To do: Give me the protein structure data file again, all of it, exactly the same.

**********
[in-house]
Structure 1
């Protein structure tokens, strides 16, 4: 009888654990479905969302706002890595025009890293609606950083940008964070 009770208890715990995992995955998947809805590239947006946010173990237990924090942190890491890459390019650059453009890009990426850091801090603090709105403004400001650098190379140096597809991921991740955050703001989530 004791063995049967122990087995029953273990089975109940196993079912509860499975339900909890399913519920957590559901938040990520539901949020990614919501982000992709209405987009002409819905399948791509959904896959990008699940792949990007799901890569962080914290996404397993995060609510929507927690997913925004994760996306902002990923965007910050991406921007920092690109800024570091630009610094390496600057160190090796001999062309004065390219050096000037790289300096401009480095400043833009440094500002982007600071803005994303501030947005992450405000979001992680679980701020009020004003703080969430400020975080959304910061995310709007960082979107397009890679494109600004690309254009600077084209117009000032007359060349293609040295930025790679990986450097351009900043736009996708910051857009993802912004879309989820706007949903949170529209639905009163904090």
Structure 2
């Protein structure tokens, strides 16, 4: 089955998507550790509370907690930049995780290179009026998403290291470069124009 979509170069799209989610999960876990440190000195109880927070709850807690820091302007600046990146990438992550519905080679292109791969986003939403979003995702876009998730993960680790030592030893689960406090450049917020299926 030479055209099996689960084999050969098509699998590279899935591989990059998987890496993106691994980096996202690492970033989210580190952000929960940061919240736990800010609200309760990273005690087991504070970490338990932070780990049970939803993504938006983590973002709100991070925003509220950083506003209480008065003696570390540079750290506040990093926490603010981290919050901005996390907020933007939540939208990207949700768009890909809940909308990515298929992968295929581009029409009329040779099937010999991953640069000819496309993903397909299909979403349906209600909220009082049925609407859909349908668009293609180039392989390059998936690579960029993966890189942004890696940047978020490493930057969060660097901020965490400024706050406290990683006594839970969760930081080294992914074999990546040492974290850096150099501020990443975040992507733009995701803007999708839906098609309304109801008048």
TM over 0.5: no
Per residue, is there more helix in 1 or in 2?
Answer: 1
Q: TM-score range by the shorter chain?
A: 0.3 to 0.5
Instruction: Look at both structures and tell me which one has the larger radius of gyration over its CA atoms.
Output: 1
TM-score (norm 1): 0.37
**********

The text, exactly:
[in-house]
Structure 1
């Protein structure tokens, strides 16, 4: 009888654990479905969302706002890595025009890293609606950083940008964070 009770208890715990995992995955998947809805590239947006946010173990237990924090942190890491890459390019650059453009890009990426850091801090603090709105403004400001650098190379140096597809991921991740955050703001989530 004791063995049967122990087995029953273990089975109940196993079912509860499975339900909890399913519920957590559901938040990520539901949020990614919501982000992709209405987009002409819905399948791509959904896959990008699940792949990007799901890569962080914290996404397993995060609510929507927690997913925004994760996306902002990923965007910050991406921007920092690109800024570091630009610094390496600057160190090796001999062309004065390219050096000037790289300096401009480095400043833009440094500002982007600071803005994303501030947005992450405000979001992680679980701020009020004003703080969430400020975080959304910061995310709007960082979107397009890679494109600004690309254009600077084209117009000032007359060349293609040295930025790679990986450097351009900043736009996708910051857009993802912004879309989820706007949903949170529209639905009163904090």
Structure 2
């Protein structure tokens, strides 16, 4: 089955998507550790509370907690930049995780290179009026998403290291470069124009 979509170069799209989610999960876990440190000195109880927070709850807690820091302007600046990146990438992550519905080679292109791969986003939403979003995702876009998730993960680790030592030893689960406090450049917020299926 030479055209099996689960084999050969098509699998590279899935591989990059998987890496993106691994980096996202690492970033989210580190952000929960940061919240736990800010609200309760990273005690087991504070970490338990932070780990049970939803993504938006983590973002709100991070925003509220950083506003209480008065003696570390540079750290506040990093926490603010981290919050901005996390907020933007939540939208990207949700768009890909809940909308990515298929992968295929581009029409009329040779099937010999991953640069000819496309993903397909299909979403349906209600909220009082049925609407859909349908668009293609180039392989390059998936690579960029993966890189942004890696940047978020490493930057969060660097901020965490400024706050406290990683006594839970969760930081080294992914074999990546040492974290850096150099501020990443975040992507733009995701803007999708839906098609309304109801008048």
TM over 0.5: no
Per residue, is there more helix in 1 or in 2?
Answer: 1
Q: TM-score range by the shorter chain?
A: 0.3 to 0.5
Instruction: Look at both structures and tell me which one has the larger radius of gyration over its CA atoms.
Output: 1
TM-score (norm 1): 0.37